He also didn’t seem very knowledgeable about the severity of HELLP syndrome. So I went searching for other doctors. I ended up going to IVF Phoenix and seeing Dr. Couvaras. If you’re a woman in AZ and having a hard time getting pregnant, go see him! From the first appointment, I never felt rushed. He took his time to go over every single thing about my losses and the pregnancy with my daughter. He scheduled his own tests and started me on heparin and a series of vitamins and supplements. At the same time I met with a new OB. She also ran a few tests and found out I have MTHFR. Dr. Couvaras also got those results and immediately told me to stop taking a prenatal with folic acid. The more I talked to him and the more I researched I learned that my body doesn’t process the synthetic version of folic acid the way it should. It could have been a contributor to my miscarriages. So he switched me to folate. After months of testing, changing my diet, taking injections and even getting stung by a bee (apparently the dr thought it would help, I stopped asking too many questions and was willing to try anything at that point!) he finally gave us the green light to try and get pregnant again.
One of the things he believed may have been a factor in my losses was that my immune system may have been attacking the pregnancy. So he wanted to put me on an intralipid infusion to suppress my immune system a little to hopefully stop that from happening. I had to do that once right before I hopefully got pregnant, again right after I got pregnant and again a few weeks after that. This wasn’t covered by insurance and was about $400 each time. We did the first infusion and he put me on clomid to boost my chances of getting pregnant. It worked! I got pregnant on that first try. Of course I knew it might not last so I didn’t get too excited. But the pregnancy kept going well, I did the final two infusions and eventually at 12 weeks, I left the office for the last time and went on to see my OB. She was also amazing.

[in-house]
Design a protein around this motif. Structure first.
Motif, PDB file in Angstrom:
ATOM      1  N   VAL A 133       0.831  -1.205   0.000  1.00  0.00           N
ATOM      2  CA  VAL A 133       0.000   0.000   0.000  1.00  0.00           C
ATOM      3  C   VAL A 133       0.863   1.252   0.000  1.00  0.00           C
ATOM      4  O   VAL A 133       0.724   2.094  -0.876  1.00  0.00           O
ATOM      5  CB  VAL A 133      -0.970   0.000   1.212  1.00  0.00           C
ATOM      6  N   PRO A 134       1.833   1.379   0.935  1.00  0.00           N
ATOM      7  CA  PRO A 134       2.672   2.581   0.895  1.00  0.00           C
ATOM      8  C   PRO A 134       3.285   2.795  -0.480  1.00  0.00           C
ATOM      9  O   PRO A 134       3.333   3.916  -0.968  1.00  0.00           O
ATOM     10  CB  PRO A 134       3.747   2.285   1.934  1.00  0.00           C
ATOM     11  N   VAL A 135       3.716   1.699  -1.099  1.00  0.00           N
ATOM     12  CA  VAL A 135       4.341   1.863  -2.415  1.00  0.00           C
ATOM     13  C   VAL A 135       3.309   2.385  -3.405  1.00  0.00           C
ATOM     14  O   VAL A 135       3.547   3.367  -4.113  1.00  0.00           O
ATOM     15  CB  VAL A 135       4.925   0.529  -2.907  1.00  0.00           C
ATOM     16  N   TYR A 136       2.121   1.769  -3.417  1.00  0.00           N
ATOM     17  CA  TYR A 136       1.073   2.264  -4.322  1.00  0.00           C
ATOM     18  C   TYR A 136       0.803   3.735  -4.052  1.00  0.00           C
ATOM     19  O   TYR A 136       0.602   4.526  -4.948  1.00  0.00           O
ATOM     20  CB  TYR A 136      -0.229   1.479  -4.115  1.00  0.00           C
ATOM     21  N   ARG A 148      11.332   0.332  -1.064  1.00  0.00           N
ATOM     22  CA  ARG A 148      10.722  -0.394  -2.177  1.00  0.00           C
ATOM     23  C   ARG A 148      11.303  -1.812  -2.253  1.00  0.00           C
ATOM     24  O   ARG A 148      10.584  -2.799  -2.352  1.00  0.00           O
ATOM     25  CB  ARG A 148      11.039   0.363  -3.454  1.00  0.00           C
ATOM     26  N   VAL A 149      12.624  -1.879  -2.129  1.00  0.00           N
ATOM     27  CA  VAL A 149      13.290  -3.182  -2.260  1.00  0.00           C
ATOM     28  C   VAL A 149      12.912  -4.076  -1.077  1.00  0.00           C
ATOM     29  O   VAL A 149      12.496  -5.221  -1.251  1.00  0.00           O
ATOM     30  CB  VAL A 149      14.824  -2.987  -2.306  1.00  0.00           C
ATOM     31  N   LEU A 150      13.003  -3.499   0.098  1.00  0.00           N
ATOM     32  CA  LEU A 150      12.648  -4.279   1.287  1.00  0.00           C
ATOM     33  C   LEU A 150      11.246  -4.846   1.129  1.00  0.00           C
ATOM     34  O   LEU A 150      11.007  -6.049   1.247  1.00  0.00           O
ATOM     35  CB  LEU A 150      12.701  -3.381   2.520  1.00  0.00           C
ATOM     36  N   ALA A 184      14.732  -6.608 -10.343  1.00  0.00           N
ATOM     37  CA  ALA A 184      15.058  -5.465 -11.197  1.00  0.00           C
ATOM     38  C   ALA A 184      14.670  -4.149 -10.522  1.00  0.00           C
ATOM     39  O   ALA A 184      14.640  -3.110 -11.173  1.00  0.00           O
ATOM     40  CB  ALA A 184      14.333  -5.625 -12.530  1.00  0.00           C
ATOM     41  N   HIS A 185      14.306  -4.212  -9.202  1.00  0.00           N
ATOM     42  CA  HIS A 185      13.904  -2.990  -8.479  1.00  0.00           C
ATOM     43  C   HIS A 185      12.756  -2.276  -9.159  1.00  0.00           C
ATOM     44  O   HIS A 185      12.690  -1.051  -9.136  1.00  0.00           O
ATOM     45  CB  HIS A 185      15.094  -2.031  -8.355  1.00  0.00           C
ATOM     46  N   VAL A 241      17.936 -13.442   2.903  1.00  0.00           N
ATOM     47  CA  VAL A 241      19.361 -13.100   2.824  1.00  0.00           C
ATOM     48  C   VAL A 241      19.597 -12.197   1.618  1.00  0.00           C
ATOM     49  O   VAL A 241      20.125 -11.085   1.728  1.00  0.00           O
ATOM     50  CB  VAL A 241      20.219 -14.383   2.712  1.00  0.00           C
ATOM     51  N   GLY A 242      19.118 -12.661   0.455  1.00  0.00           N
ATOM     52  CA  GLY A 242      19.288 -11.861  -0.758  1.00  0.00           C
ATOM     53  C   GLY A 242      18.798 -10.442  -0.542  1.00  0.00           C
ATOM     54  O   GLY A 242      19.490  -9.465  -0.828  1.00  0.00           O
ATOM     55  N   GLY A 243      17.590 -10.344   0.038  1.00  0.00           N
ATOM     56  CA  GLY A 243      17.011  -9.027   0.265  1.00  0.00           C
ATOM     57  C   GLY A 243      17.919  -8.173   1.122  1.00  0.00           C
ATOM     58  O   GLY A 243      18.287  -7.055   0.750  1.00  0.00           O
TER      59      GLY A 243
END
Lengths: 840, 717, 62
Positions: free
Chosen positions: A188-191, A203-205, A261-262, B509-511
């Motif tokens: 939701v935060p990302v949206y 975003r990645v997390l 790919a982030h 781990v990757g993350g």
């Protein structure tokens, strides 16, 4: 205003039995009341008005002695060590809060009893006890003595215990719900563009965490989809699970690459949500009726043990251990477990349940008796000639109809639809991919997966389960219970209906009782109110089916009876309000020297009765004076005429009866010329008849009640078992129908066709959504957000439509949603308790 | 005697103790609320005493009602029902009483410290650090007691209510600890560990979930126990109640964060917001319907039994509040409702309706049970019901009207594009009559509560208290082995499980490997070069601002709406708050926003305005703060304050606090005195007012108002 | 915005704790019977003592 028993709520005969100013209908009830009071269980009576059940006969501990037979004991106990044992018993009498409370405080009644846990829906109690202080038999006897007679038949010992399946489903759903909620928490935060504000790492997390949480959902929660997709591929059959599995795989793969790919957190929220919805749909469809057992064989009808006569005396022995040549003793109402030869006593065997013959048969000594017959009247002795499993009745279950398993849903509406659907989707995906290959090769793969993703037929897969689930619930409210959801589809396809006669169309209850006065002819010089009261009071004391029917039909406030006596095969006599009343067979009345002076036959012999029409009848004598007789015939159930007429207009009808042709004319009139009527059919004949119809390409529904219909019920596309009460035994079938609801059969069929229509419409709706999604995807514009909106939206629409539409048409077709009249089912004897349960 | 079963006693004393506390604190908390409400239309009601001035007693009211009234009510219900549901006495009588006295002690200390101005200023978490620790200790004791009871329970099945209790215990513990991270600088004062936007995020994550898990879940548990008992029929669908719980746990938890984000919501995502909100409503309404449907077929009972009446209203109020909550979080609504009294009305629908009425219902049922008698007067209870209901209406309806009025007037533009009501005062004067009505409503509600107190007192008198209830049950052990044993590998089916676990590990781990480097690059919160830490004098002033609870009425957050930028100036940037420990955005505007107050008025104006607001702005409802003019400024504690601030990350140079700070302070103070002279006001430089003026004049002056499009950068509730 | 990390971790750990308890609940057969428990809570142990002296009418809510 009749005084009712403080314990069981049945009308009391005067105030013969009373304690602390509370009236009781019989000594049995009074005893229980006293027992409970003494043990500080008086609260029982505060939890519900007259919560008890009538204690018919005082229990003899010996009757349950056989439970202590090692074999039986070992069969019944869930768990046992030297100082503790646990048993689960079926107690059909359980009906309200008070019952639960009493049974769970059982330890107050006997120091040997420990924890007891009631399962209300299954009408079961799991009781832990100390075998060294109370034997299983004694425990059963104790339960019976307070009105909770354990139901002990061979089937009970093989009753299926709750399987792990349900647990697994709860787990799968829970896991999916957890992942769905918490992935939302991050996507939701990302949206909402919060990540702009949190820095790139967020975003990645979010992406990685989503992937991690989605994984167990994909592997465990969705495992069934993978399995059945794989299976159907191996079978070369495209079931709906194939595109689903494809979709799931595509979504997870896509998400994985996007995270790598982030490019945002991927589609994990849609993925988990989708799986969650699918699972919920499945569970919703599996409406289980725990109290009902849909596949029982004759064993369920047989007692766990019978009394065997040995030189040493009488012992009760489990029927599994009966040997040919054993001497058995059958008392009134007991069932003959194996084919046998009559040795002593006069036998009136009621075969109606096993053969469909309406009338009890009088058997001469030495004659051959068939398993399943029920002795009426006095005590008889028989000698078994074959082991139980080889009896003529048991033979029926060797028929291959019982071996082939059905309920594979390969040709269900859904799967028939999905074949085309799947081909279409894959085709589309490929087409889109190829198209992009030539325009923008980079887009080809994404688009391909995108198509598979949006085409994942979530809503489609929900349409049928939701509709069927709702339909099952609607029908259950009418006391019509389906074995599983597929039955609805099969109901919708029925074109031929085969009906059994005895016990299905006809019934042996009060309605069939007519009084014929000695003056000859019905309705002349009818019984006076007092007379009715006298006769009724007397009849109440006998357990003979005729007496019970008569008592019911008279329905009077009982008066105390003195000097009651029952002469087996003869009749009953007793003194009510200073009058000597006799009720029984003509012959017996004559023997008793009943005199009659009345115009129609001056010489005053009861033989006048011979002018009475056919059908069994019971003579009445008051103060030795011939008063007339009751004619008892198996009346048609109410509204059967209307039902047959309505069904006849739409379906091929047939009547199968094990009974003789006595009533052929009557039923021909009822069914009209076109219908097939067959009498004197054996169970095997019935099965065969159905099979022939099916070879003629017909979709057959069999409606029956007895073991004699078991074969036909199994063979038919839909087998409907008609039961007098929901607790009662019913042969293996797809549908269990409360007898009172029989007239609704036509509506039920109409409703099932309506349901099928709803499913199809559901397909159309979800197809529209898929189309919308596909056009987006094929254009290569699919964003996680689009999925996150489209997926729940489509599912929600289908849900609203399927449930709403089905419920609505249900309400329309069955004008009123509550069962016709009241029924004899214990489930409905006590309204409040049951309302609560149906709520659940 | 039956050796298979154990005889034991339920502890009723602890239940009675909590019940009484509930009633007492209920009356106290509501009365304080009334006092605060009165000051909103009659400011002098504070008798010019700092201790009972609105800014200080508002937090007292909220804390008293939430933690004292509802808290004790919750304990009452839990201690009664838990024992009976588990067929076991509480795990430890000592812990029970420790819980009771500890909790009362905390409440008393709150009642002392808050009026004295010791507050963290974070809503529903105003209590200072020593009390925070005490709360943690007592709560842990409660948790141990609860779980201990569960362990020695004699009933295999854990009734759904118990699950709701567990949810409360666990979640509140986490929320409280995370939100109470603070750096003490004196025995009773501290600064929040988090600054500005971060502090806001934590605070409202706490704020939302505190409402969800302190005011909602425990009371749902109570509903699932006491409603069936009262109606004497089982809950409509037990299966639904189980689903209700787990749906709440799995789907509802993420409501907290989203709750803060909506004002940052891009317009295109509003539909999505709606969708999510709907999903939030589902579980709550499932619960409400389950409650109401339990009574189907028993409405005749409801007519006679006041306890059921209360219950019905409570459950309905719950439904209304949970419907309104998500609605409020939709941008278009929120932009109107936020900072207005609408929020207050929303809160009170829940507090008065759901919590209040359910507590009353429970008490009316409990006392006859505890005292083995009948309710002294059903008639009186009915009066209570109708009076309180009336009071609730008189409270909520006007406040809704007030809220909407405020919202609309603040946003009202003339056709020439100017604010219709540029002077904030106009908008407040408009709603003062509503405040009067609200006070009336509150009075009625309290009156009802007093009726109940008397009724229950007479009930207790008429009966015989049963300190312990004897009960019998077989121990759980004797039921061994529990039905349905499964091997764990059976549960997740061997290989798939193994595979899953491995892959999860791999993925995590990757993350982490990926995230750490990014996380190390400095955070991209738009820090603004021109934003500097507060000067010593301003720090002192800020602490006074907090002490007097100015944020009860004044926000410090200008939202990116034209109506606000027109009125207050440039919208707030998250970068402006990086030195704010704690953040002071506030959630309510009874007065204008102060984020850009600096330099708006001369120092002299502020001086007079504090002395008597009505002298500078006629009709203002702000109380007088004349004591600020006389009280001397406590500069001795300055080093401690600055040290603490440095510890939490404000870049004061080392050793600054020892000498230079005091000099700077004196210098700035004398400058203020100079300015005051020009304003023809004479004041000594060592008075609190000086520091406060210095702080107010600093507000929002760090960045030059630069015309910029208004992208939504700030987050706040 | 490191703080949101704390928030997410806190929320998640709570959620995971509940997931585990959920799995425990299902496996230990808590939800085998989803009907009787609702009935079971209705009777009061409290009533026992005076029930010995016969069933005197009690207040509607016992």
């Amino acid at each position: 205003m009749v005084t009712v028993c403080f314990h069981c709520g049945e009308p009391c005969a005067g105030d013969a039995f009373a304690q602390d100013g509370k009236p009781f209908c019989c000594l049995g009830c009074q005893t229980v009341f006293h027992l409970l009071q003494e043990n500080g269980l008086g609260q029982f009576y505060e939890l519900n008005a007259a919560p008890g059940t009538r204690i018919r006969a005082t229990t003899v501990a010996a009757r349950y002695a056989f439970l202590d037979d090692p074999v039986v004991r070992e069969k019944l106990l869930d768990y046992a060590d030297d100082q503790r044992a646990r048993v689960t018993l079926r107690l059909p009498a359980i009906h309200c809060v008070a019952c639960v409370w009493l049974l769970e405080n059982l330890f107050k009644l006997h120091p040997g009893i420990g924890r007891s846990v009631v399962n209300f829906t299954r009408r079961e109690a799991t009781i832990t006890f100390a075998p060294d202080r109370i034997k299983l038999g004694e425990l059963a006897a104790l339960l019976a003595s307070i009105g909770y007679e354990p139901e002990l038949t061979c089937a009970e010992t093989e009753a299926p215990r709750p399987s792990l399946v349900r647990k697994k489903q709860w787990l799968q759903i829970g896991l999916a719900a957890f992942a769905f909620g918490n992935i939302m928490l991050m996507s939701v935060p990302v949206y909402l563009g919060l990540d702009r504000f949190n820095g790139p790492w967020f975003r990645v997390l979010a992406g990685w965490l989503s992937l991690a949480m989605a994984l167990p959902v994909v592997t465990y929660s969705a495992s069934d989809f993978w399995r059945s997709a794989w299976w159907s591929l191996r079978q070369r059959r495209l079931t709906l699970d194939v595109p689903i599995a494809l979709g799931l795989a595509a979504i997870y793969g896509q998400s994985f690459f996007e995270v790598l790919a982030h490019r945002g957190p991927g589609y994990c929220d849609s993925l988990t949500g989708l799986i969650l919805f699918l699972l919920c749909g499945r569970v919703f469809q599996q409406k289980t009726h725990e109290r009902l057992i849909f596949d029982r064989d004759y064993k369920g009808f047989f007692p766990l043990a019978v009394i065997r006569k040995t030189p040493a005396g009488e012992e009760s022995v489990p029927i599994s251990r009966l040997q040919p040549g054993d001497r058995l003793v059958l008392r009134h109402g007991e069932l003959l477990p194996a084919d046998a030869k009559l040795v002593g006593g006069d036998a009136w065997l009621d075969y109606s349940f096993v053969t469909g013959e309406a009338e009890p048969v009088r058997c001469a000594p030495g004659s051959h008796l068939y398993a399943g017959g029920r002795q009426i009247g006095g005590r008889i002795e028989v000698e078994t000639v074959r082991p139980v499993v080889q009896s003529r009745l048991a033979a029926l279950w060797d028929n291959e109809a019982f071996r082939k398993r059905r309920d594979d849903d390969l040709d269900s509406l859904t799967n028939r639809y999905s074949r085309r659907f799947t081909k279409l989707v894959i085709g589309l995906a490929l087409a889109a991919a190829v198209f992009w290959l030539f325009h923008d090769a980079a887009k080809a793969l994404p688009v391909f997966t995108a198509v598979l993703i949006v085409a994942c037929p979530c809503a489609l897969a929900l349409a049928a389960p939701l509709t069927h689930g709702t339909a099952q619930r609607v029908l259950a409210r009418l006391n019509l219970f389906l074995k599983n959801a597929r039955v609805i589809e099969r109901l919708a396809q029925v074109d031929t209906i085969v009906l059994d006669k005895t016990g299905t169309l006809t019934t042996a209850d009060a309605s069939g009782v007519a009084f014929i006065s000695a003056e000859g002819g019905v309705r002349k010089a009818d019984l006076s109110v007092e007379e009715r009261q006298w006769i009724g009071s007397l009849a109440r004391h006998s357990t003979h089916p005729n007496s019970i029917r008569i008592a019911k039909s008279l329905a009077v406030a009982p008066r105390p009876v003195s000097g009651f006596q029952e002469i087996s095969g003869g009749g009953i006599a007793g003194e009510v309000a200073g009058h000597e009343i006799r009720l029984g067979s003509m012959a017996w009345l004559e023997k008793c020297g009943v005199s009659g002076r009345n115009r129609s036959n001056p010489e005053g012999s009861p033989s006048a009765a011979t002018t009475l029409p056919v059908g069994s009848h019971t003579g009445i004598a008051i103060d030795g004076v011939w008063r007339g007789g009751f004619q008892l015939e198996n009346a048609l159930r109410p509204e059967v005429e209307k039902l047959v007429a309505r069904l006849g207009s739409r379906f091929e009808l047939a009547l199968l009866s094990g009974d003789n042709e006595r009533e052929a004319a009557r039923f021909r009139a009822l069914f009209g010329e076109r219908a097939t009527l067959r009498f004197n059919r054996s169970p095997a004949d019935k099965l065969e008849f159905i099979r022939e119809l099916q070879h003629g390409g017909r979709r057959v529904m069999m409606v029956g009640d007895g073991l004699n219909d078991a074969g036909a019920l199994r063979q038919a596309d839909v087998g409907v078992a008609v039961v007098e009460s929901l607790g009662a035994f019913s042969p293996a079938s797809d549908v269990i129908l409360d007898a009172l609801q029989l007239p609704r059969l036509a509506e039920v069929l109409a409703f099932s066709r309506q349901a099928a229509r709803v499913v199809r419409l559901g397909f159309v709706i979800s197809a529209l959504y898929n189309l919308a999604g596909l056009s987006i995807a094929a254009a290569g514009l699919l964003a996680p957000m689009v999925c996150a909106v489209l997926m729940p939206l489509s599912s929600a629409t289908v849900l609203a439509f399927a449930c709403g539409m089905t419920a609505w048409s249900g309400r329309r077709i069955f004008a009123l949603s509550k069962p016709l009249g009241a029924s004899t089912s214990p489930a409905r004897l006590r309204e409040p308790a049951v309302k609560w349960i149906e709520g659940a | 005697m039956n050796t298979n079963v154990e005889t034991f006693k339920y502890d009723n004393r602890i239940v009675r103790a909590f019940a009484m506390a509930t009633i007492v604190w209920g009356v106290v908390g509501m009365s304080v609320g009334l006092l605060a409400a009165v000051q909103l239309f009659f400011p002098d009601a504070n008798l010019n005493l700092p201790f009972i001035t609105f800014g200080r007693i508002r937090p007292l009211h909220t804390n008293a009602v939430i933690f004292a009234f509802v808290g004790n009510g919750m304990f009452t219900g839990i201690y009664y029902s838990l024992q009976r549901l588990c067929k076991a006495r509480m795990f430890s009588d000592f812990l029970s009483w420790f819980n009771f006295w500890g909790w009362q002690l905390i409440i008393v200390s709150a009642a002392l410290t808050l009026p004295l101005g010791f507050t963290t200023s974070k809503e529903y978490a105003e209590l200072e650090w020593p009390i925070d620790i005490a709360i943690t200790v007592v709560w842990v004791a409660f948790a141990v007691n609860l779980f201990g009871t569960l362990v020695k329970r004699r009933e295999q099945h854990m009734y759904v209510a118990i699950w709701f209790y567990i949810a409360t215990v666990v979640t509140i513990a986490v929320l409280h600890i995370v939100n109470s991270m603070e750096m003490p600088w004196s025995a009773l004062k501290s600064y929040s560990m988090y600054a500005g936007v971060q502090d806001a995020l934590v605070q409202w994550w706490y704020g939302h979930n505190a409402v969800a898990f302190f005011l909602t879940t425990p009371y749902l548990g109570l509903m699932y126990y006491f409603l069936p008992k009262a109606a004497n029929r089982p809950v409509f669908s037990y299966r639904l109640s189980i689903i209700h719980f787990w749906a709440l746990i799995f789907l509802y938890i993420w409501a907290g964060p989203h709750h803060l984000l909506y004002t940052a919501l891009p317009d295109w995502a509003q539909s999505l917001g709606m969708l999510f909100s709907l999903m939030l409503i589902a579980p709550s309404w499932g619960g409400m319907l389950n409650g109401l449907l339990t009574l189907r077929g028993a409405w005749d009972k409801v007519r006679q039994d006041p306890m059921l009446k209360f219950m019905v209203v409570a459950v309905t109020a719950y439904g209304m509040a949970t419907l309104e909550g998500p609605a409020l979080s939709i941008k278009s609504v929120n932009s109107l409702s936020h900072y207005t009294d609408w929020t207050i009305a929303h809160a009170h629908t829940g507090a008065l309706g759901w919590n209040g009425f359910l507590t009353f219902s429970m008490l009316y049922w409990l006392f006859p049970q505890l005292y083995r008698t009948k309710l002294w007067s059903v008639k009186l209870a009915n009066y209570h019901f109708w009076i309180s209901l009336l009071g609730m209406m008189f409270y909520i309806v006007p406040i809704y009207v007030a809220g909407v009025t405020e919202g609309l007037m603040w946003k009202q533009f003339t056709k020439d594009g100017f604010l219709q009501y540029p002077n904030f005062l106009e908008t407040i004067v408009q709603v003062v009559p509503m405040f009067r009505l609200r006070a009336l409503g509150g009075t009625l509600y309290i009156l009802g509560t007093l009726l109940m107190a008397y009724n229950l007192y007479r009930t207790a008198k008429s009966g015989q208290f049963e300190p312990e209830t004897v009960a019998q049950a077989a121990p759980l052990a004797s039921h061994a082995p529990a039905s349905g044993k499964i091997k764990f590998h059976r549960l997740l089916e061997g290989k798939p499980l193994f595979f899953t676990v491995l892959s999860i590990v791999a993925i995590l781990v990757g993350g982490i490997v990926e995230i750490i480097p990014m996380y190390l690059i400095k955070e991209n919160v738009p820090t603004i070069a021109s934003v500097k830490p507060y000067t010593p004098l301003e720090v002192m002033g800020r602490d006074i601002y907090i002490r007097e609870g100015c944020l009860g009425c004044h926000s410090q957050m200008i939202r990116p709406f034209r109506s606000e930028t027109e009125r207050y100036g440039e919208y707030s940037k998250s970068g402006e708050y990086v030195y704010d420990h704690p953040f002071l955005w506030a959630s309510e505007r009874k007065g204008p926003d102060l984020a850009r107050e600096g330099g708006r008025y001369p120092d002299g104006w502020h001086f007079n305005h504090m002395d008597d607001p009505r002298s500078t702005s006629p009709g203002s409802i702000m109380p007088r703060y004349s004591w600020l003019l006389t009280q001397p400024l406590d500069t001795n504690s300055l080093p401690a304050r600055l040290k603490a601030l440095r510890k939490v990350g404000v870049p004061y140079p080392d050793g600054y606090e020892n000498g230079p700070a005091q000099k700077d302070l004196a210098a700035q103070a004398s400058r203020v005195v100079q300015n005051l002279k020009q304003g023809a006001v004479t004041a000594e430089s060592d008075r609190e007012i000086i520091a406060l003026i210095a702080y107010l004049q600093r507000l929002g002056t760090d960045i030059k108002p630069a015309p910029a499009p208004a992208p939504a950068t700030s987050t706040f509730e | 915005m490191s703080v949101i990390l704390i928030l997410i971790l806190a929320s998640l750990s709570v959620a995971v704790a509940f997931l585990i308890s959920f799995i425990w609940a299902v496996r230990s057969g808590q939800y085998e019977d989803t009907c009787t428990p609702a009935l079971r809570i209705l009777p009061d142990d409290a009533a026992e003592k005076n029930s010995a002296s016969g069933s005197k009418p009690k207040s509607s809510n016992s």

She knew I was feeling a little better about the pregnancy after I got out of the first trimester. But she also knew about my past with HELLP syndrome and how nervous I was about that happening again. She set me up with a Maternal Fetal Medicine doctor and the rest of the pregnancy I was seen by her and that high-risk doctor. This pregnancy went pretty well. I was more tired and sore than I was with my first pregnancy, and this baby was much bigger! Then at 38-weeks, while my OB was doing a check, my water broke. I drove myself to the hospital and my husband met me there. Less than eight hours later our second daughter, Dillon was born on April 25th 2018. Exactly two pounds bigger than her big sister! Her delivery was nothing like her sisters.
It was happy, we were healthy and I remember the whole thing. It was very healing and the perfect ending to this journey. I am so blessed to have the two girls I have. They were worth the six-year process of getting pregnant and having loss after loss. But it still makes me sad I had to go through that. It makes me angry that I don’t have these amazing and happy moments of being able to find out I’m pregnant and be happy from the start.
If you read all this and have never gone through a loss but know someone who is, my advice is to just be there for them. Let them vent, cry and scream. But don’t say things like “it will happen,” “it’s all part of God’s plan,” “Maybe there was just something wrong with this one.” I even had someone tell me that at least I wouldn’t have to go thorough the pain of childbirth. None of those comments are helpful. If you don’t know what to say, then say that and listen.
If you’d like to connect with Jessica, you can find her on Instagram!